This is another one of those obvious tips for practicing; however I cannot stress it enough! Practicing without a metronome can actually hinder your drumming, as you may learn how to play a drum fill or solo off time! We are drummers; our duty is to keep the band on time. If we cannot even play a solid drum beat or roll on time, then how are we supposed to lead a band? There are ways to add some creativity to this tip though, and that is by playing to your favorite band tracks. Most tunes recorded professionally are on time, so you can always play along to them instead of a click track. This way practice is a little less boring, being able to listen to your favorite songs while you practice. Just make sure you do not break tip number one and get distracted by the song!
One tip most drummers fail to do is set goals for their practice sessions. This does not have to be an unreasonable goal, just a very basic reachable goal. Make it challenging and sensible at the same time. The reason for this is you are more focused on the time you are practicing. If you go into a practice session with no goals, then you will have no drive to learn anything! A very common goal I like to set is tempos in which I play my essential drum rudiments at. For example, I may set a goal to play a double stroke roll at 180 bpm one session, and 185 bpm the next. So as you can see, this is just to give yourself some guidelines for your time spent practicing.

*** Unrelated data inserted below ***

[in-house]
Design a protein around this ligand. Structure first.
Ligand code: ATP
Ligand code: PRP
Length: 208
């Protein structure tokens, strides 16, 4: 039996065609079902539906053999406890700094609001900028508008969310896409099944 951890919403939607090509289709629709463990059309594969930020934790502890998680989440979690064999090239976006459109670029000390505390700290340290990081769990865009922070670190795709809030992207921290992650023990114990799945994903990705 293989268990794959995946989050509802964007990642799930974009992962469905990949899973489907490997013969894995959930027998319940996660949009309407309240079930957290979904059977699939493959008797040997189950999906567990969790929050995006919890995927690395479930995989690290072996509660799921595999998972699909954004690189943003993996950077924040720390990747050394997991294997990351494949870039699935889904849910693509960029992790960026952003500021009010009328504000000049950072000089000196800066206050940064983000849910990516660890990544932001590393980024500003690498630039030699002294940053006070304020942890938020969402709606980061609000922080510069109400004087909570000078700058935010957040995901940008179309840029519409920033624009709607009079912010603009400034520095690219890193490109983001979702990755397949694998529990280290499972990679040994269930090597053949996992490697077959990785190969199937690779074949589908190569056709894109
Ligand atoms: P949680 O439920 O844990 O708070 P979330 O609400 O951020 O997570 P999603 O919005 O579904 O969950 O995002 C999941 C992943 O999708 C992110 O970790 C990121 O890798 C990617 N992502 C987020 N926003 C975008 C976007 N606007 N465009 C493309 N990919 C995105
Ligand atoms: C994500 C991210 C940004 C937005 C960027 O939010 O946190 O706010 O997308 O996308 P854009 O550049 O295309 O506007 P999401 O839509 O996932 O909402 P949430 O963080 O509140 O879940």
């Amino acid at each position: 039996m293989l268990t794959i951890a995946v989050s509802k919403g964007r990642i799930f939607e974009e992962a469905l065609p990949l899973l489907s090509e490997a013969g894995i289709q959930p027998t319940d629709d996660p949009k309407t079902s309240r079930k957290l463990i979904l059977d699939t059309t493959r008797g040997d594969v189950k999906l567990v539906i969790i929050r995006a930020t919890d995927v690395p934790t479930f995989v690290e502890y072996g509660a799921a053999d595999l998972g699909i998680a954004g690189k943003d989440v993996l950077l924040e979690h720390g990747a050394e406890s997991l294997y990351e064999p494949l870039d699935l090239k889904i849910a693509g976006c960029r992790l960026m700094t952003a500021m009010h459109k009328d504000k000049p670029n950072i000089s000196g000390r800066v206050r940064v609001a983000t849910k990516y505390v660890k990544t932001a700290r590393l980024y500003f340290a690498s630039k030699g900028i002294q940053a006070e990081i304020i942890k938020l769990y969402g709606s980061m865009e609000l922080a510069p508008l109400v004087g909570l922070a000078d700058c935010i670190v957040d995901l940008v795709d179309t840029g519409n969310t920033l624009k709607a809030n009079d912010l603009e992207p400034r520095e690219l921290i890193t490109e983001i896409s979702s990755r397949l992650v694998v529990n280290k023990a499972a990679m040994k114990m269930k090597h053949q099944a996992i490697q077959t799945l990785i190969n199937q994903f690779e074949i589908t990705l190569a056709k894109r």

A really important tip I will share is to surround yourself in challenging music and drumming. If you want to learn how to play the double bass drum, then surround yourself in music that incorporates the double bass drum. The same goes for all styles of music; you will not learn jazz by listening to rock. When you are constantly listening to advanced beats and odd time signatures, you are sub-consciously implementing it into your brain. You will be challenged much more, and have a much greater creative edge this way. So try and find some music that challenges you a little.
The last tip is another given – have fun no matter what you are playing. This means even if you are practicing boring rudiments, try and find a way to make it fun. If you are not having fun when you are playing, then you will not learn nearly as much. So play what you want to play, and practice what you want to practice! Drumming is supposed to be a way to express yourself in a good and positive way, so make sure you are having fun!
These tips are more like guidelines that every drummer should take into consideration when practicing. You will notice when you start following these guidelines, you will get much more out of your practice sessions! Once you are ready to start practicing, feel free to check out the beginners section of this site for great lessons on playing the drum!